Children are hardest-hit in emergencies
ST. GEORGE’S, GRENADA 12 September 2004 - UNICEF relief supplies arrived today in this country struck by a hurricane that wrought devastation upon thousands of families, hammering homes, schools, government institutions, disrupting electricity, water and sanitation services and telecommunications.
Health kits for up to 5,000 people over a 3-month period and 5,000 doses of oral rehydration packets to prevent dehydration from diarrhoea - a particular threat to children under five - were flown in this morning from the organization's regional center in Panama and were rushed through snarled traffic to the main hospital, where distribution began immediately.
The General Hospital is reporting a number of cases of children with diarrhoea. Children are also suffering from a range of maladies, some normal to childhood, and other complaints related to the psychological impact of losing their homes, their clothes and their playthings.
Most of the island's homes and schools have been destroyed or undergone significant structural damage. Hurricane Ivan, the worst in the Caribbean in at least a decade, struck Tuesday, the day after the school year began. An estimated 4,000 children are now living in shelters.
“The scariest part of this disaster for the children is that their regular routine has been completely thrown off,” said UNICEF Representative in Barbados Jean Gough, who is in Grenada and is meeting with Prime Minister Keith Mitchell today. “We are very concerned to get these children back to school as soon as possible where we can provide a protective environment to them.”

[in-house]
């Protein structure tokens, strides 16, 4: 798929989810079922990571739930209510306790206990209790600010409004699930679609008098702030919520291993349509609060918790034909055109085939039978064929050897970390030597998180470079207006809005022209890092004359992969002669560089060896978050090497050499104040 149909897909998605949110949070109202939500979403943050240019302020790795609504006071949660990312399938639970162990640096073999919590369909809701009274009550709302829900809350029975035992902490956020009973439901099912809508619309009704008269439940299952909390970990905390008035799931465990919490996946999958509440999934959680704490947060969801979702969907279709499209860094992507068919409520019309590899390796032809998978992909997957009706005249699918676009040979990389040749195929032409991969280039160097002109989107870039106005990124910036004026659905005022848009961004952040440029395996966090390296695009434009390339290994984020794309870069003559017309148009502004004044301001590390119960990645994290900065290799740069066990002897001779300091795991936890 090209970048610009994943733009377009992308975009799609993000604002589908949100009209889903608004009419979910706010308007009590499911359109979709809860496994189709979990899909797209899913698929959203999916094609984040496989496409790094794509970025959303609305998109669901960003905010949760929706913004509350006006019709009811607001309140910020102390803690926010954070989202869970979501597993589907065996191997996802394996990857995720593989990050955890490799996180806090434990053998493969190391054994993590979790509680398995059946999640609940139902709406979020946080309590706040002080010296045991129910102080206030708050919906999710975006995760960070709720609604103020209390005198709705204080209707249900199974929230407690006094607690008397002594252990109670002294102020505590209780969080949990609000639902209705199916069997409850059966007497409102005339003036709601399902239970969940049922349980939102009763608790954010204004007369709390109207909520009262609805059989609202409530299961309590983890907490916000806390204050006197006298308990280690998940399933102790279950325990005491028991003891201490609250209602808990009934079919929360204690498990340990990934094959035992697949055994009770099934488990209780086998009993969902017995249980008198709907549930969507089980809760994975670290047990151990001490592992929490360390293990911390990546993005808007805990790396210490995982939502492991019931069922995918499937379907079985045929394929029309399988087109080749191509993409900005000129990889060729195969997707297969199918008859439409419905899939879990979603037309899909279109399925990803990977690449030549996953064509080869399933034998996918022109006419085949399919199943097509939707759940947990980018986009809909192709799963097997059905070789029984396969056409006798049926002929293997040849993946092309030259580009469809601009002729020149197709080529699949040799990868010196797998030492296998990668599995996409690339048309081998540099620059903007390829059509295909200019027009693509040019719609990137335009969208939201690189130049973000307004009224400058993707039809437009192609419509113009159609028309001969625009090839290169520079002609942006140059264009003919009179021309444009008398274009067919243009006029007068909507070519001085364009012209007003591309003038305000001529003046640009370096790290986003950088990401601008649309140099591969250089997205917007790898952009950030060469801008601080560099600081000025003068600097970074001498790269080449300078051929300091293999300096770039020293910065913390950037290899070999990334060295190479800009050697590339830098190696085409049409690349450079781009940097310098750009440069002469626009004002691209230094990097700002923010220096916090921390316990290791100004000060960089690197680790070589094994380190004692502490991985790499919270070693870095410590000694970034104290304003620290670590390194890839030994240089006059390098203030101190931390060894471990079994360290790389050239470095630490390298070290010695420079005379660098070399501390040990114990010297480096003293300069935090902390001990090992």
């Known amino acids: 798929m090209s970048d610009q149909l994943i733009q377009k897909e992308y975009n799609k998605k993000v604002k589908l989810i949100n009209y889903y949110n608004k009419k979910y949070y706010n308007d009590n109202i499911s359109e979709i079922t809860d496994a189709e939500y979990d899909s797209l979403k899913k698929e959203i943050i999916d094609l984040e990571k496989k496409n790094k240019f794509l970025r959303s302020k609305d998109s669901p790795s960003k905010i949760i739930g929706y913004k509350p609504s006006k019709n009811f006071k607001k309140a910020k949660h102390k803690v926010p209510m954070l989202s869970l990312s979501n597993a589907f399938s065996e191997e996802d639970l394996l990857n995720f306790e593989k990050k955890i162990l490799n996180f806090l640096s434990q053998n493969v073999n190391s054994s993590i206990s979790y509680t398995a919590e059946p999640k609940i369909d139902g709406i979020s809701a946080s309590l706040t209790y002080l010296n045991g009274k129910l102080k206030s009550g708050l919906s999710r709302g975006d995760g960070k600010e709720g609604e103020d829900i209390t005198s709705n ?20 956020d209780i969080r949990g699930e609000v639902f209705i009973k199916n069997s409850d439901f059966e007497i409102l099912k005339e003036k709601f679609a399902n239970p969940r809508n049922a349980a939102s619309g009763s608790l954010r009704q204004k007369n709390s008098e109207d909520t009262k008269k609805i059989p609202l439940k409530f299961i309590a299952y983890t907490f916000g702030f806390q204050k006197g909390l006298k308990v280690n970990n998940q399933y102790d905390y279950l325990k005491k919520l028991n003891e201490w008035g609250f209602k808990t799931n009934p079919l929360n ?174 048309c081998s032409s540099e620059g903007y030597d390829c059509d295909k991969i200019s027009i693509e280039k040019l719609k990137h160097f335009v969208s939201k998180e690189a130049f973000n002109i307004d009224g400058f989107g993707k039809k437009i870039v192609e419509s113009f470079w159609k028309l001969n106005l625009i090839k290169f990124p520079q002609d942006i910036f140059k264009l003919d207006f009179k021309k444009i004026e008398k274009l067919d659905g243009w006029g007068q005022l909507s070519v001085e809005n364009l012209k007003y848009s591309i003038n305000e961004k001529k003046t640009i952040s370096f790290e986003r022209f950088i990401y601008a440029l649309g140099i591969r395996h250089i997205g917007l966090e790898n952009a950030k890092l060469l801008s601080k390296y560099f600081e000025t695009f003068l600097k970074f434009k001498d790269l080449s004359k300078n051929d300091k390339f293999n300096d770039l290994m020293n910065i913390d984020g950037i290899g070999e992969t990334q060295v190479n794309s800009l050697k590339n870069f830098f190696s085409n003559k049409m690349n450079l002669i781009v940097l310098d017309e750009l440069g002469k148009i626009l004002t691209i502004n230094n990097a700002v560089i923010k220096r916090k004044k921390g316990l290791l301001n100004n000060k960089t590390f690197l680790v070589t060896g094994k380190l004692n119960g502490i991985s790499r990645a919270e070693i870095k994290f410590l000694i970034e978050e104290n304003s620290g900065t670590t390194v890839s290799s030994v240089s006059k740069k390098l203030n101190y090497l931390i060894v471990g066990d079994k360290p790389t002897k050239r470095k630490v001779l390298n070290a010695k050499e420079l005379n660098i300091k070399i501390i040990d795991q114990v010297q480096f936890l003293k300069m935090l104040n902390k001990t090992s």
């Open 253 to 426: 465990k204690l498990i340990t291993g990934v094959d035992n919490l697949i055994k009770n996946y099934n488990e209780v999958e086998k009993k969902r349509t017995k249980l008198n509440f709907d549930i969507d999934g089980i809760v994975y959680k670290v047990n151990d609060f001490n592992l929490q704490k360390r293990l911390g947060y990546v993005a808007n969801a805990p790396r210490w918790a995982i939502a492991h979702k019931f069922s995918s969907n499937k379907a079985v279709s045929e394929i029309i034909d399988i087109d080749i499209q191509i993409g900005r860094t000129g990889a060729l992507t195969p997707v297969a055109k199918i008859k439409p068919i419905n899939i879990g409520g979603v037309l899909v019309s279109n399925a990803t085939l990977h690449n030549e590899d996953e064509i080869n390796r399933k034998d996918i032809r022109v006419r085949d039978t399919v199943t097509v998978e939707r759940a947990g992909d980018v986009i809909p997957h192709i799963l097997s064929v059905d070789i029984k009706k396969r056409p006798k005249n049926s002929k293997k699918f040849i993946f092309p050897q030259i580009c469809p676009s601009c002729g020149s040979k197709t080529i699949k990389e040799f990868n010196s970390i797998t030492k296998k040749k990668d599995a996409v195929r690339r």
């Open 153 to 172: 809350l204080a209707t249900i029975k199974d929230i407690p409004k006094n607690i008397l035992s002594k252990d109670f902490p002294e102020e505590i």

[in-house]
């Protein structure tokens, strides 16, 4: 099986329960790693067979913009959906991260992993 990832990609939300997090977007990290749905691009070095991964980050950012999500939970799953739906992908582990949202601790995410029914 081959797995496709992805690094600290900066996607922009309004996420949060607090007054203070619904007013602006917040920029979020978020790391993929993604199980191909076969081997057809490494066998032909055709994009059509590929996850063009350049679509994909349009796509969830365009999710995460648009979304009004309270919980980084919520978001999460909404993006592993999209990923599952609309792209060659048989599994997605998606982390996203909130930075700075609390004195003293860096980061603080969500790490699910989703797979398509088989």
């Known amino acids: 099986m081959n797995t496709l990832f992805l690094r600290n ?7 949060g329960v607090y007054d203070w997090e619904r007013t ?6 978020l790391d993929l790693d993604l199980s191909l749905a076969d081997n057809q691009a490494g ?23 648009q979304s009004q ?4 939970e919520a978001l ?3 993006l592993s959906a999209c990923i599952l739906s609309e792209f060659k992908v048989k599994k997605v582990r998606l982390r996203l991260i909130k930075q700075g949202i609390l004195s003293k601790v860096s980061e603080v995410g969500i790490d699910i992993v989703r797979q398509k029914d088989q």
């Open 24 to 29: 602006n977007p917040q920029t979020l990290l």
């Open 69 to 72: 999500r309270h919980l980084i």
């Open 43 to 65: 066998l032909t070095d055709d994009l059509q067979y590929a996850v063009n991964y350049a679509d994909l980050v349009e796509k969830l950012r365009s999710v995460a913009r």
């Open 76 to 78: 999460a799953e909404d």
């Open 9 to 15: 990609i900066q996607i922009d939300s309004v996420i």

Other UNICEF staff, including a doctor and a psychosocial expert, arrived today to assist the government as it struggles to manage with limited resources. Many government workers have not yet been able to return to work. Water and sanitation engineers are also being flown in as part of the relief effort.
The shipment also included 200 collapsible water containers, trauma kits and other supplies.
“It is vitally important that the water and sanitation services begin functioning normally again, as disease spreads easily to children, and in Grenada right now, diet is poor, so the children are really at risk,” said Gough.
Gough called on international donors to assist Grenada get its life back on track. “It will be a long process of recovery,” she said. “And the danger is that Grenada -- and its children -- could be forgotten.“
UNICEF is also participating in the first assessments of damage caused by Ivan in Jamaica and emergency supplies are being flown in by UNICEF. With expectations that the hurricane will hit Cuba tomorrow, the agency's Havana office is on standby to provide assistance if requested by the government.
For further information, please contact:
In Grenada: Kathryn Donovan 246 230 5056
In Jamaica: Monica Dias 1 876 789 6117
In Panama: Robert Cohen, 507-676-3216
In New York: Gordon Weiss 212-326-7426